Browsing through twitter I came across this Ted talk by Angela Lee Duckworth, an American psychologist talking about grit as the key to success. This ties in perfectly with the ideas of Dweck on ‘Growth Mindset’ and Berger on ‘an ethic of excellence’:
In it she describes grit as:
“sticking with your future — day in, day out, not just for the week, not just for the month, but for years — and working really hard to make that future a reality.”
“Grit is living life like it’s a marathon, not a sprint.”
“Passion and perseverance for long term goals”
“Working hard to make your future a reality”
So what does this mean in reality, on a day to day basis in the classroom? What do we as teachers need to be doing more of, to make our students more ‘gritty’? Here are a few initial thoughts:
- Not allowing students to give up and become stuck. As Dweck says, if their response to problem or a question is ‘I can’t do it’, your reply is ‘Yet’…..and then tell them that they will be able to do it.
- Don’t accept substandard work. Make them redraft their work, until it is of an excellent standard.
- Use a structured approach to critique and feedback to support students with moving forward – with peer feedback, encourage students to ensure that it is kind, specific and helpful.
- Provide students with the opportunity to practice and embed what they are learning. All too often we teach something, spend a little time on it and then move on. Without giving students the chance to practice.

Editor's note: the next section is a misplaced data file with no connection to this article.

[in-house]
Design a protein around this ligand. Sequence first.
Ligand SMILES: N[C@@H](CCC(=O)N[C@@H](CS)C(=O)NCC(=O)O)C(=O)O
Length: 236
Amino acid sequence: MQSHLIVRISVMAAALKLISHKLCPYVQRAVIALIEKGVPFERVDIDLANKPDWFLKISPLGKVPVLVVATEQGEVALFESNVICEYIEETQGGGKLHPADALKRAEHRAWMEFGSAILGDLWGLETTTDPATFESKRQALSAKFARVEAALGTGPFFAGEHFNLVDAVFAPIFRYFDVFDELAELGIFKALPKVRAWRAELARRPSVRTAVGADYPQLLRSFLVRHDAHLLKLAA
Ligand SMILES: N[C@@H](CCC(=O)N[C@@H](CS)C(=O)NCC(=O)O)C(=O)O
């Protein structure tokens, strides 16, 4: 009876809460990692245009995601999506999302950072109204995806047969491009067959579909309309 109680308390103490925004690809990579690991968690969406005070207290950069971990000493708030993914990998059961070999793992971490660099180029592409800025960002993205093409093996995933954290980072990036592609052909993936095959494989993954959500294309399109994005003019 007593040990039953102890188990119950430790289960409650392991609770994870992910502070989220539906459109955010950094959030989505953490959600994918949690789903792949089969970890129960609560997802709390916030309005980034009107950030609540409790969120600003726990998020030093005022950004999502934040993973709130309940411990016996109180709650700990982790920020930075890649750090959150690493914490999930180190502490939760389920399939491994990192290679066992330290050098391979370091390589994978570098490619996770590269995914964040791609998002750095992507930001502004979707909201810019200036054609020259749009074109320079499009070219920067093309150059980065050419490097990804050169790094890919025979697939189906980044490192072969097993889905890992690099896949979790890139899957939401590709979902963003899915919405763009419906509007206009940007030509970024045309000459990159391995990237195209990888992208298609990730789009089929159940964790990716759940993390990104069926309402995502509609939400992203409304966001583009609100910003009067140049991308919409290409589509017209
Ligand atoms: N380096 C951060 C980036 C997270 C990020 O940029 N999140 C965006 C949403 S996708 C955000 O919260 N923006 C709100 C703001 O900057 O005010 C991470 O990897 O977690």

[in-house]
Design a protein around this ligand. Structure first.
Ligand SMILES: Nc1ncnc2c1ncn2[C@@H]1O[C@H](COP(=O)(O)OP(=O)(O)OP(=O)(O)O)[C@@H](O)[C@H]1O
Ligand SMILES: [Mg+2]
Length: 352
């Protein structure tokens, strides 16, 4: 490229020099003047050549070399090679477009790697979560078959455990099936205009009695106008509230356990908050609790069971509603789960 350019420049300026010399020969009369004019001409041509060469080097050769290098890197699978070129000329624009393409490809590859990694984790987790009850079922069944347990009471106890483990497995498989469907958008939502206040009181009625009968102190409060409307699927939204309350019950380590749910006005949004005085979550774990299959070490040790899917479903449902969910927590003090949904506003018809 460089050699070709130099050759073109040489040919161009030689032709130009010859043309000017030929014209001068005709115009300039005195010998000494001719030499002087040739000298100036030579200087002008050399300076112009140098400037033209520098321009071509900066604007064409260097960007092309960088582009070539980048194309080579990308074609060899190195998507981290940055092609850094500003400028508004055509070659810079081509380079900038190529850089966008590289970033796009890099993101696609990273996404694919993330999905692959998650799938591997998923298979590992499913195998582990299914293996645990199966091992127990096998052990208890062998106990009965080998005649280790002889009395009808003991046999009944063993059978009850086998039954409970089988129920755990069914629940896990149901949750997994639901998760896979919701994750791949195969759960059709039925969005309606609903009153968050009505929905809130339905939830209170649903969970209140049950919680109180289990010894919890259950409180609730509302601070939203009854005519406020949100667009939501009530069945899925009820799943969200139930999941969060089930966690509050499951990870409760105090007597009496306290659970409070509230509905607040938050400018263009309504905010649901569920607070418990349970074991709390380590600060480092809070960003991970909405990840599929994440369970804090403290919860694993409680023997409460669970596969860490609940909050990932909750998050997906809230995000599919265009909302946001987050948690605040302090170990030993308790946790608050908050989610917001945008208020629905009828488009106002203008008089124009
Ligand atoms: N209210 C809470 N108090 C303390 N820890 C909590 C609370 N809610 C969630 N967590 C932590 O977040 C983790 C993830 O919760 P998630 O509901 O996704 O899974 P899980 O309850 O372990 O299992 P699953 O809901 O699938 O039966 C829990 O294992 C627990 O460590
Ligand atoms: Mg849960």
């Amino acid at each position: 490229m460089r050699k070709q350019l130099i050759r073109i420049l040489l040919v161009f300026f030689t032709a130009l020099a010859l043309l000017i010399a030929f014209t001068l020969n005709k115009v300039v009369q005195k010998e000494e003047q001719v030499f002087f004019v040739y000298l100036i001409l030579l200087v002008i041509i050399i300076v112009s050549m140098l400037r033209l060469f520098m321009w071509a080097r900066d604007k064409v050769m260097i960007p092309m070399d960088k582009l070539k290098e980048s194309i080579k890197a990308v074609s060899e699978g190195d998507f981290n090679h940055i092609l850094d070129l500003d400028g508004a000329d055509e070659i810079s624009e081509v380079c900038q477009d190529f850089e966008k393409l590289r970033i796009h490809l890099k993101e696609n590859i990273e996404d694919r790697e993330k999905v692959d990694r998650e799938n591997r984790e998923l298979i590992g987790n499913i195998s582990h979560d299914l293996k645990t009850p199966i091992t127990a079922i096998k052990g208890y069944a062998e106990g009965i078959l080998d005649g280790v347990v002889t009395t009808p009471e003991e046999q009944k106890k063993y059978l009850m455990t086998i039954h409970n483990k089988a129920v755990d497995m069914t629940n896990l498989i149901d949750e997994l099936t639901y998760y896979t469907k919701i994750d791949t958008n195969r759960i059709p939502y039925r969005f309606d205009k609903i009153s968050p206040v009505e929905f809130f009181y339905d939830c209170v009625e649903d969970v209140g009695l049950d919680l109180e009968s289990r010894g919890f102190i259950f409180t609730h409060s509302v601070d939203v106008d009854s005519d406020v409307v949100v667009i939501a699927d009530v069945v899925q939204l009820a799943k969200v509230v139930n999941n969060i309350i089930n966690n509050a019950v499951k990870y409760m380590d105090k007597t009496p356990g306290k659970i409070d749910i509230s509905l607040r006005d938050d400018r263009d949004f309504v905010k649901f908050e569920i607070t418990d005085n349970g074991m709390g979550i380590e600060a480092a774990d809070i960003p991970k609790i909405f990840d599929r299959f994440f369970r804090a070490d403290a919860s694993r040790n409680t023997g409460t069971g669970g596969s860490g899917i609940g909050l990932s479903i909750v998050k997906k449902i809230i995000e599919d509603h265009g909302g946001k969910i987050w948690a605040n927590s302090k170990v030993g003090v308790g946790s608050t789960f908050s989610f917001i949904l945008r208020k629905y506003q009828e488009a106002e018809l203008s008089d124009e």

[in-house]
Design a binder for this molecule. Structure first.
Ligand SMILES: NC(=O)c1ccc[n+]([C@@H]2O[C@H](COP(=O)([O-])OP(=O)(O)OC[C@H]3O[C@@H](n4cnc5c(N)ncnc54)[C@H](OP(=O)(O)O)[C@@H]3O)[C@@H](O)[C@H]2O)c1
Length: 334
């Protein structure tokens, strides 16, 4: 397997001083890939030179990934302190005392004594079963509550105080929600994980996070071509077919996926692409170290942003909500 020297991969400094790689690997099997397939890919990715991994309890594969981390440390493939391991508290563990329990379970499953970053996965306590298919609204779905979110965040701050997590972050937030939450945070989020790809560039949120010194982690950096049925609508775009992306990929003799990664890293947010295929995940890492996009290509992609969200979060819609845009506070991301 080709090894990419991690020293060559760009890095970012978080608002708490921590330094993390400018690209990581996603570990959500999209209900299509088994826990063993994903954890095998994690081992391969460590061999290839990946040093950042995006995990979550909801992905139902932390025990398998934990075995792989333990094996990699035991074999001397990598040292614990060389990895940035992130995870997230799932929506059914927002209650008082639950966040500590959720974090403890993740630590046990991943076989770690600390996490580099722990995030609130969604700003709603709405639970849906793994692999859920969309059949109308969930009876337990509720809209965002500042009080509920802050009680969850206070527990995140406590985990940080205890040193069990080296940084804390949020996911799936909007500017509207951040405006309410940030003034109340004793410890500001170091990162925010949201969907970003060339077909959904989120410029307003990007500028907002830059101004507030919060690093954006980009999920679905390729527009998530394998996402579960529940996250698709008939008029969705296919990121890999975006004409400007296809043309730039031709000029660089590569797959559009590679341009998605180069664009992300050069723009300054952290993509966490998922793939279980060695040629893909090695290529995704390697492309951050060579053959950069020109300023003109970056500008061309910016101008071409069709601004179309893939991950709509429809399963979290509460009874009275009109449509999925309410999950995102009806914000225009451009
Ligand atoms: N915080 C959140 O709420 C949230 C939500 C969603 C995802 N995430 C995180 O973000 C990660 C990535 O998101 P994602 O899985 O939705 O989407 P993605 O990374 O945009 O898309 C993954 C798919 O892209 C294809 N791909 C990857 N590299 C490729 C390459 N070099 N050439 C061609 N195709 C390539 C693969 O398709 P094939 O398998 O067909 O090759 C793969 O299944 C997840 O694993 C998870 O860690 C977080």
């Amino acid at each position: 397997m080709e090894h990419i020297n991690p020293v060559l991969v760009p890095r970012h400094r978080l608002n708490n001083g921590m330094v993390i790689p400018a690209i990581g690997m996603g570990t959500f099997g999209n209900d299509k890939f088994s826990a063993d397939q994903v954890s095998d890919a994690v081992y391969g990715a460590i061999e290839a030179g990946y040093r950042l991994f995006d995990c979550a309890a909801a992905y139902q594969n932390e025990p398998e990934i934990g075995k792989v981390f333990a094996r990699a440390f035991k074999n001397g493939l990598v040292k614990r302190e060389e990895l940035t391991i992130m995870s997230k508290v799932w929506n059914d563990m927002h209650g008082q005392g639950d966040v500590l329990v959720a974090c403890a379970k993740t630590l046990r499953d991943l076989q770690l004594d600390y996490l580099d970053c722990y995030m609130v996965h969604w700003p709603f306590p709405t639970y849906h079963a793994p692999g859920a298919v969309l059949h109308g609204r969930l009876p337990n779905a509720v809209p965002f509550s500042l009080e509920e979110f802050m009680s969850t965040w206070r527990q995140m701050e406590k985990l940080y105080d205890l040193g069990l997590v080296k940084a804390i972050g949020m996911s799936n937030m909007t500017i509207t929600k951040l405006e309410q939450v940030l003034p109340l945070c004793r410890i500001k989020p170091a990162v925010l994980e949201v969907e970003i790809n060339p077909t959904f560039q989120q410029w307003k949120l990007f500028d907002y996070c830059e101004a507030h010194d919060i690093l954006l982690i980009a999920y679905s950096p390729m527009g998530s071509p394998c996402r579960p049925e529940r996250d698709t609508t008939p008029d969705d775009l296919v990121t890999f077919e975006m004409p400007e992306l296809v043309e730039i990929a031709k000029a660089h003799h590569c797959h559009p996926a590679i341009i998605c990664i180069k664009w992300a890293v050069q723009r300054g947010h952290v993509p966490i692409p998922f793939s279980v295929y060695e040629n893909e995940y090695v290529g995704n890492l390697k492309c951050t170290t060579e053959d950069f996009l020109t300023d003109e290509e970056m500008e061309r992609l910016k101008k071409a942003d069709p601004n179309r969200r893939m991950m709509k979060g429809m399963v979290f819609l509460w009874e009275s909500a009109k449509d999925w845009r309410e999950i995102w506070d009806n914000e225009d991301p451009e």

- Share their excellent work – in order to inspire others to meet this standard and show them what is possible with hard work and commitment.
- Don’t use the phrase ‘Just do your best’ as this usually means accepting below standard work. Instead tell them that they will go ‘beyond their best’.
- Set challenging tasks for them that will make them struggle and so force them to develop resilience.
- Stress that getting things wrong is fine, as that’s how we learn – then use their mistakes to develop learning further, by great questioning.
- Have high expectations and show this by avoiding differentiated learning objectives, such as ‘all, most, some’ (or outcomes, however you wish to describe them) – this gives students an easy way out.
- Praise the hard work and the commitment – not just the outcome.
- Use a structured approach to critique and feedback to support students with moving forward – with peer feedback, make sure it is Kind, specific and helpful
- Talk to students about grit – and reinforce with them that work it is often hard and difficult – and not always fun – but worth it in the end.
- Talk about their goals – what are they aiming for in the future? Why is this going to support them with their goals?
Any other contributions?